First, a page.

Javits2000: "Sta. Maria is certainly the major reason for the "notability" of the commune..." and "It's true that art historians will refer to the paintings in shorthand simply as "Castelseprio,""
- (these two being with me the significant editors of the article)
Stbalbach: "when people say "Castelseprio" they almost always mean the Frescoes, and not the church or the town. According to the general guidelines on article naming we should use the name that most people would expect to find when doing a search"
- though these last two favoured different split titles (but now see below), and Amandajm never expressed an opinion here, their comments clearly go towards the frescoes being the "primary meaning" in terms of WP:D. I was justified in making the split on this basis (as I had said I would); your reaction is ...well, lets just say excessive, and unhelpful to the project Johnbod 04:13, 10 February 2007 (UTC)

It aint worth the ink. Johnbod; just take the frescoes out and make them their own entry. If you want make the term Castel.. to be a disambiguation page. and point to two pages Frescoes of Castelp... and Castel... (commune) No one will miss it or the frescoes, it will only be one click away.CARAVAGGISTI 05:56, 10 February 2007 (UTC)

Perhaps a bit more ink. I'm coming around on this one; the _historical_ article is a significant source of information on both Lombard affairs & the monuments; the census and topographical data on the modern comune seem irrelevant to this. This is actually the operative distinction: Castelseprio as archaeological park, v. Castelseprio as modern town. They are actually two distinct sites, the park lying outside the comune; the problem is that they both have the same name.

Comparable cases: Philippi and Filippoi (saved by the phonetic shift); Mystras, at present an ungainly hybrid like this one; Ephesus and Selçuk (saved by the conquests).

In any case the archaeological park is clearly more significant. Split : archaeological park under Castelseprio, comune under Castelseprio (comune). --Javits2000 09:34, 10 February 2007 (UTC)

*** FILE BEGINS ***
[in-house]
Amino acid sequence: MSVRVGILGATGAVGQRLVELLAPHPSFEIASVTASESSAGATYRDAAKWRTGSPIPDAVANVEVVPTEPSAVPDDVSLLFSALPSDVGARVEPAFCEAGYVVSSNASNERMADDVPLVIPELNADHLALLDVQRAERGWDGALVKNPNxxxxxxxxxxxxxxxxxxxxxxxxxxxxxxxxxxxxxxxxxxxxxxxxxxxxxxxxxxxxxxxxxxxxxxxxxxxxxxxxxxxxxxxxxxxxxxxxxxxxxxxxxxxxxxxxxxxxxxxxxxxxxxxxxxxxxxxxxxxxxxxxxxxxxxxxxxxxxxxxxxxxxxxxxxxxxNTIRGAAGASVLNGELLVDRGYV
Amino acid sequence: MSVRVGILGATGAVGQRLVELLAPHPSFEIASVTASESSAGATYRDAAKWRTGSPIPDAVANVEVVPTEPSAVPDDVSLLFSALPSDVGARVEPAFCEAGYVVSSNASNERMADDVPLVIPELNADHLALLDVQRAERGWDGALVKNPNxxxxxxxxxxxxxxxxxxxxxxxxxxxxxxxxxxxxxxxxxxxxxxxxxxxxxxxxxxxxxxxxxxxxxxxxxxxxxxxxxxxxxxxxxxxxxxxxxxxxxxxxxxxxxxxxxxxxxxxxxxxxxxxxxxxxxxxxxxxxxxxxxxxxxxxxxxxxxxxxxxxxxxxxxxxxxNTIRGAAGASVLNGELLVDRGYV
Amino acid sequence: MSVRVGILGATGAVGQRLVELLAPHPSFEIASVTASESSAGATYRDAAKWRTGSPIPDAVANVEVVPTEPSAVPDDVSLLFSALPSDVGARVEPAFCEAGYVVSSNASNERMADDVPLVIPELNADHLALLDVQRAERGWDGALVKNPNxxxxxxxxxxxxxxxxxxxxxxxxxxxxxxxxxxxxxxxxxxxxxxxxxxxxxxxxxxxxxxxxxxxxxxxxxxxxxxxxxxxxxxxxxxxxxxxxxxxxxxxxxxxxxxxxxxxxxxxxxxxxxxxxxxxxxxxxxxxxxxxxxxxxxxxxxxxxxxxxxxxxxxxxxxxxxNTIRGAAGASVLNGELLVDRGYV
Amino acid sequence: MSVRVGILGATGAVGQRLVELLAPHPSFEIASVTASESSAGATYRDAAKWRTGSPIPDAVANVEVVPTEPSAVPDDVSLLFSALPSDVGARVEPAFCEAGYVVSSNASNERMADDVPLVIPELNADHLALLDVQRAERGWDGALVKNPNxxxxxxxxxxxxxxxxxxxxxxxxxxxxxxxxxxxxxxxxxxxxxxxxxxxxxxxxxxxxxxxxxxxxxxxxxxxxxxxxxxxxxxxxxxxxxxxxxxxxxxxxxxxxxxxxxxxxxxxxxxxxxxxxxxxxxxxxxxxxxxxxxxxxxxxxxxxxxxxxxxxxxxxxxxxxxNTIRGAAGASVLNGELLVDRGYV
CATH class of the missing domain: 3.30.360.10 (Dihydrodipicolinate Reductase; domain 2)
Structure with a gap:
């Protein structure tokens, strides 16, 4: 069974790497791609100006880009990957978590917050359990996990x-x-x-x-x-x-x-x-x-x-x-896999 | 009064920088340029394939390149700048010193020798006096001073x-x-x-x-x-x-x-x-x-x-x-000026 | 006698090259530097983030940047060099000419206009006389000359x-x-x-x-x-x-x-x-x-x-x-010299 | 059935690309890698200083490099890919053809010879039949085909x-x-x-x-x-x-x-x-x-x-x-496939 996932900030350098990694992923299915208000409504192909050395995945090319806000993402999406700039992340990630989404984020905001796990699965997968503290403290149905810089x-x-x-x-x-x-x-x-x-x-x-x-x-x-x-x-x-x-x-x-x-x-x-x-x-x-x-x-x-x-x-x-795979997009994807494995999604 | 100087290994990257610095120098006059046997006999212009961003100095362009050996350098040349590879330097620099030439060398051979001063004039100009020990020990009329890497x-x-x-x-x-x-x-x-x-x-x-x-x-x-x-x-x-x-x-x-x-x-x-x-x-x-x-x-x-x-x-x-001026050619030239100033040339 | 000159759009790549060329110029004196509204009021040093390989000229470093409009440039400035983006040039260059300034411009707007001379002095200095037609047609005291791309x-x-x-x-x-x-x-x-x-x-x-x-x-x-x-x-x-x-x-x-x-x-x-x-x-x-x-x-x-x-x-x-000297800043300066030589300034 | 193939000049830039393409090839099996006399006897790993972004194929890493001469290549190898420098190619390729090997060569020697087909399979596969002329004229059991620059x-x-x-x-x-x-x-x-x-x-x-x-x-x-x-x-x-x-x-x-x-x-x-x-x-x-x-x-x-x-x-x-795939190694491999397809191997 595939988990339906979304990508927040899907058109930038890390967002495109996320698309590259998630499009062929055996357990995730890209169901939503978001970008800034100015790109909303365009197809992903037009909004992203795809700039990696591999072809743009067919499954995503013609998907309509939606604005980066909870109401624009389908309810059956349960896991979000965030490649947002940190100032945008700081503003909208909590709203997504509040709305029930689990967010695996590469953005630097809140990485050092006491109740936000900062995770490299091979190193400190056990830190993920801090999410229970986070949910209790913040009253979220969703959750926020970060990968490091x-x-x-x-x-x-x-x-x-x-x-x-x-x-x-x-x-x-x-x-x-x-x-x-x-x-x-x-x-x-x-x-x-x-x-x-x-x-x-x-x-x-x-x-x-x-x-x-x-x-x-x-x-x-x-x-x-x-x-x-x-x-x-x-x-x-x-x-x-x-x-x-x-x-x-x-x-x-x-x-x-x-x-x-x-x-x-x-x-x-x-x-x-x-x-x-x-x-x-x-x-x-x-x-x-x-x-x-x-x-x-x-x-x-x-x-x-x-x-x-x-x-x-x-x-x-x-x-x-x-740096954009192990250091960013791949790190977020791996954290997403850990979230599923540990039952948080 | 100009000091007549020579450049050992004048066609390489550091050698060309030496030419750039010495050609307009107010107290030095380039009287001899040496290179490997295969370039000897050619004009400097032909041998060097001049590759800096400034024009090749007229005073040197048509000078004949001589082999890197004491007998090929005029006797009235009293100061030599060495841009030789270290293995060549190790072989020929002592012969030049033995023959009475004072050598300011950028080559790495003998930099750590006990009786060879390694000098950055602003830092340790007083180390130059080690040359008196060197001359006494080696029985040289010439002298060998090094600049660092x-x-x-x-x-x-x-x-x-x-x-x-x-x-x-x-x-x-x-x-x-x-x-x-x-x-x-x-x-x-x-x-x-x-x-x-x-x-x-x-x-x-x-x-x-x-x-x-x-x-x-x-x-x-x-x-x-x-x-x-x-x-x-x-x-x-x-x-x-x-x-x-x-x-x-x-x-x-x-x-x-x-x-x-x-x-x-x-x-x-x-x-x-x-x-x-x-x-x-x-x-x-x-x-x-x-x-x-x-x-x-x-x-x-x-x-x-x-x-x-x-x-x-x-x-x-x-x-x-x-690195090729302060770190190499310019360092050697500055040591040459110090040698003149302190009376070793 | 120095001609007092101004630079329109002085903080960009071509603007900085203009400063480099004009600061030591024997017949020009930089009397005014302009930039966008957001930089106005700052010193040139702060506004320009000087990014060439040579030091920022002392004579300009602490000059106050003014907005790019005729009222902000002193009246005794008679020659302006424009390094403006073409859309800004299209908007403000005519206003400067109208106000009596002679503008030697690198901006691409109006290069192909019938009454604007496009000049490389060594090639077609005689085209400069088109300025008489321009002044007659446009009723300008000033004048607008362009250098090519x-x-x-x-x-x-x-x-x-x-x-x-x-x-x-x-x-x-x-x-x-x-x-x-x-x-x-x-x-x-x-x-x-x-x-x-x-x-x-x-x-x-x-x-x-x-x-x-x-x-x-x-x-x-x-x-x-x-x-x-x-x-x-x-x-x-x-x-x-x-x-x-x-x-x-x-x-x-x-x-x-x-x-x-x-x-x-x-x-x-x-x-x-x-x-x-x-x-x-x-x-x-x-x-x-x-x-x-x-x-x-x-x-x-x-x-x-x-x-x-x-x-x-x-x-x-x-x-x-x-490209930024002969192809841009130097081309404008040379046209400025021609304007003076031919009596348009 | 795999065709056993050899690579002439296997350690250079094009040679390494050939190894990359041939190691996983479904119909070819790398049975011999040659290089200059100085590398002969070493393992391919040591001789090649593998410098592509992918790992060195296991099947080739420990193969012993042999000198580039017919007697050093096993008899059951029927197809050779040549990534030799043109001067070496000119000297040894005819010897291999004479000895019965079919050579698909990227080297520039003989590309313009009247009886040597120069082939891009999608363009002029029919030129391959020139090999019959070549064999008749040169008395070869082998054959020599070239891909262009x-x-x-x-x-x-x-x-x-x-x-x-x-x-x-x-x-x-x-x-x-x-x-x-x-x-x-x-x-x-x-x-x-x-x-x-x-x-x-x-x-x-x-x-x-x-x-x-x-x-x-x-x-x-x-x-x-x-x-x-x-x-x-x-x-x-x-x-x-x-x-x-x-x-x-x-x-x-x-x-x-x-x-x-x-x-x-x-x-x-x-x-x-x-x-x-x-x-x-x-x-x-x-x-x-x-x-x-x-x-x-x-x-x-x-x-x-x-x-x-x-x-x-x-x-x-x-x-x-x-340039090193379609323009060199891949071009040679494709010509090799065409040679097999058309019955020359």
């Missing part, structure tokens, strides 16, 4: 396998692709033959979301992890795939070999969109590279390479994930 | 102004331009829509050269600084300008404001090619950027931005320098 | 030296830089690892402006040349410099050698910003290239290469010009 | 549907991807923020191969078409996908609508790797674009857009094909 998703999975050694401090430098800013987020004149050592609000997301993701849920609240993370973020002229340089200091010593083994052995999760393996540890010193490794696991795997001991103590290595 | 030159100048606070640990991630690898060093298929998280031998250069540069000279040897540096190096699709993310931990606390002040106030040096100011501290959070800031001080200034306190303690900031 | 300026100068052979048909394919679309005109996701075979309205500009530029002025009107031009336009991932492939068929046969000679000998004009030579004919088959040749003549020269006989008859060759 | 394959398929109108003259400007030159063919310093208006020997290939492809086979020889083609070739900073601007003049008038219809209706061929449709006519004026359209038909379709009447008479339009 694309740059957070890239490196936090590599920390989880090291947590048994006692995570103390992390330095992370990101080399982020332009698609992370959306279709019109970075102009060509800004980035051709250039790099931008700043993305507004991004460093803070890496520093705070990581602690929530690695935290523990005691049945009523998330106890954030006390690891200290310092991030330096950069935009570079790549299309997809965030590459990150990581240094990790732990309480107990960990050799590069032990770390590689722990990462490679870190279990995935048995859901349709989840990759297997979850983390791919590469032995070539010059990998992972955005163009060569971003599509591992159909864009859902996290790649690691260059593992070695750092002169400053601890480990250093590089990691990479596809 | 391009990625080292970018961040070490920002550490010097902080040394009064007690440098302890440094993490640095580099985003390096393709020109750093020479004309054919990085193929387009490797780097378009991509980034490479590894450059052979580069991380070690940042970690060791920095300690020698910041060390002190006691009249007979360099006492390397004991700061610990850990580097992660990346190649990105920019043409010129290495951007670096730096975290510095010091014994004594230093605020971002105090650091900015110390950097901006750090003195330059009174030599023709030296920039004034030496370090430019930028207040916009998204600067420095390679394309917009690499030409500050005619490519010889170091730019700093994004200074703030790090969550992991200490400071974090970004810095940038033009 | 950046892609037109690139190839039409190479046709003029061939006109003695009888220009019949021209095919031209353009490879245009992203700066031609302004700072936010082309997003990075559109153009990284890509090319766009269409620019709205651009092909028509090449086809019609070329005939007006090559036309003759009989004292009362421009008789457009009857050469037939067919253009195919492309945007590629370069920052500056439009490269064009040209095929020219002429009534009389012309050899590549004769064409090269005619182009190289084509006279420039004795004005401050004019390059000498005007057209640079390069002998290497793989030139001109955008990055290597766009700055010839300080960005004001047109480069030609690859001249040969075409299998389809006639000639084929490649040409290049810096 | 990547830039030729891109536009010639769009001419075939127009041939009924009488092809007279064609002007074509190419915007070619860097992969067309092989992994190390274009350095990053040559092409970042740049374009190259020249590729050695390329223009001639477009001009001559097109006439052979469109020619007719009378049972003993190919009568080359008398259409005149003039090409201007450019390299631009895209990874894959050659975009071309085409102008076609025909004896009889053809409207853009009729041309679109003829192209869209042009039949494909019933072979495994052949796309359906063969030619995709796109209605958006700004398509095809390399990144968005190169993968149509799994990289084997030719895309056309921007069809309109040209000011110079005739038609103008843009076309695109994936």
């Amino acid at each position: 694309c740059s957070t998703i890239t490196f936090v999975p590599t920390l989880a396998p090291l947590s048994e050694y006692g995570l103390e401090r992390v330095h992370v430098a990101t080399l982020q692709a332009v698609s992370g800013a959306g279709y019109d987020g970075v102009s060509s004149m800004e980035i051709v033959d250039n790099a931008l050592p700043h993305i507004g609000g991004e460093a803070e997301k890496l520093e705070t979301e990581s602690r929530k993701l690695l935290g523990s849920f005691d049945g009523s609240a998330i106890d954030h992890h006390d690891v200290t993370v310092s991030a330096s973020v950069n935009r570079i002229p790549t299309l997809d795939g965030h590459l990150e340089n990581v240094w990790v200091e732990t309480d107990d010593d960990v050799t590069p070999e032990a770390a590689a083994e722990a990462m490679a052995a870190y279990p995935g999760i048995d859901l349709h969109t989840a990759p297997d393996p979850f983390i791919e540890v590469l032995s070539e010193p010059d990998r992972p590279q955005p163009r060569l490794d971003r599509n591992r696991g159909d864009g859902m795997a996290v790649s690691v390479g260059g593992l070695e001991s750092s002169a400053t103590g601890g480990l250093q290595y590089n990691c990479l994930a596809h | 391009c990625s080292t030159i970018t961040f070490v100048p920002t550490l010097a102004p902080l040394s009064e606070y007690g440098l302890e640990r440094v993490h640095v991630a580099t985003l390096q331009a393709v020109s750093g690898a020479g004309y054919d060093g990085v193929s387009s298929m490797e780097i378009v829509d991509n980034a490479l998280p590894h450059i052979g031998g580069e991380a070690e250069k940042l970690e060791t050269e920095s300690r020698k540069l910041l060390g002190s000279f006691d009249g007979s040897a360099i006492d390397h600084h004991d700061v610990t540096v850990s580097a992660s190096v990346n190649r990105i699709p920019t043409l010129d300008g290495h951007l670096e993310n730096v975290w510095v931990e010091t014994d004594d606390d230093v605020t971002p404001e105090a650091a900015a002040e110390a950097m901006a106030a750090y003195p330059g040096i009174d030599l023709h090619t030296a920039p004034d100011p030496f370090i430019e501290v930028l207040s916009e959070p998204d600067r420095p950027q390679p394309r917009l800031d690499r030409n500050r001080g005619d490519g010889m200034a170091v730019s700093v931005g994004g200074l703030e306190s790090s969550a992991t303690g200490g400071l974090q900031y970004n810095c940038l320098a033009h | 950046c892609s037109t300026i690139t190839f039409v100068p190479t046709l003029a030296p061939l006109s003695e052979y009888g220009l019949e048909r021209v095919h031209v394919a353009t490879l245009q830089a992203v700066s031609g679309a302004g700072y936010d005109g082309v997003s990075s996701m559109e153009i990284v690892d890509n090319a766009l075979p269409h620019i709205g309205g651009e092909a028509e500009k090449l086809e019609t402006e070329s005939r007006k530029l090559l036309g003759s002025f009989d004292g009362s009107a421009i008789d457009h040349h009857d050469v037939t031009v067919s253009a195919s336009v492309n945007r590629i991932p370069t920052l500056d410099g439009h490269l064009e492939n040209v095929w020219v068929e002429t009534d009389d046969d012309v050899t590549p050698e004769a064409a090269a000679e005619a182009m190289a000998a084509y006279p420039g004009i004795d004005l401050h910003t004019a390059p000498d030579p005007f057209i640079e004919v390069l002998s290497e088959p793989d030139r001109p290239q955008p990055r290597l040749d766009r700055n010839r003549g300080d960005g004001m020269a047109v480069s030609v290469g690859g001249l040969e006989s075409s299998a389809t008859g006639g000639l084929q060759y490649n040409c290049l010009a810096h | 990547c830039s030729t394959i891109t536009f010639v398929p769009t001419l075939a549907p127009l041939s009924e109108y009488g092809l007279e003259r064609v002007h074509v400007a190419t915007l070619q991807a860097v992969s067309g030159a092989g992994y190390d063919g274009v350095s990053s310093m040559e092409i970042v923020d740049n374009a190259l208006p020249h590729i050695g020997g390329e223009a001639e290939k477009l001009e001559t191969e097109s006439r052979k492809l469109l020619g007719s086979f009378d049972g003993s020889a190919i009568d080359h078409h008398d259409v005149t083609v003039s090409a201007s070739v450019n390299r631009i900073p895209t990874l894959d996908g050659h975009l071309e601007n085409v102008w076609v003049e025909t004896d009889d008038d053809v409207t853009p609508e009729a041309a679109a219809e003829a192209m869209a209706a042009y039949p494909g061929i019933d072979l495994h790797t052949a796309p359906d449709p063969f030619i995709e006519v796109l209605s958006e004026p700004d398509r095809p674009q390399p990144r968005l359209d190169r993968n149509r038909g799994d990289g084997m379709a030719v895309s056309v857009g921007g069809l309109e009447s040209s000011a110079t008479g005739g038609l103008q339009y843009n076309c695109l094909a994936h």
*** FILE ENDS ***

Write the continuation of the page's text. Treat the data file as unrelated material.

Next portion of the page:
For clarity, the two articles as I left them last night were "Castelseprio" like this and "Castelseprio (commune)" like this. I have asked for mediation in the matter. Johnbod 15:27, 10 February 2007 (UTC)

Splitting makes sense, but not in the way you have done it. The article Castelseprio should be about the commune, since that is what Castelseprio is, as it is stated in the introduction to this version

For the modern commune, see Castelseprio (commune) Castelseprio is the name of a comune in the extreme North of Italy. The fame of Castelseprio lies in the frescoes contained in the small Church of Santa Maria foris portas .

Whether or not the archaelogical site is the more important is a purely subjective matter. But it is a fact that neither the site nor the frescoes are named Castelseprio, but located in Castelseprio. The location should be described in the Castelseprio article, and the artistic/archaeological details should be in an article entitled Frescoes of Castelseprio or something like that.
For example, see Gettysburg, Pennsylvania. Would it make sense to have this page contain only information about the Battle of Gettysburg or the Gettysburg Address? Of course not. The article Gettysburg, Pennsylvania is about the location Gettysburg - it contains information about its historical significance, but not an overly proportional amount of the article. The things that make Gettysburg famous are expanded upon in separate articles. This is what should be done here- 52 Pickup 11:44, 11 February 2007 (UTC)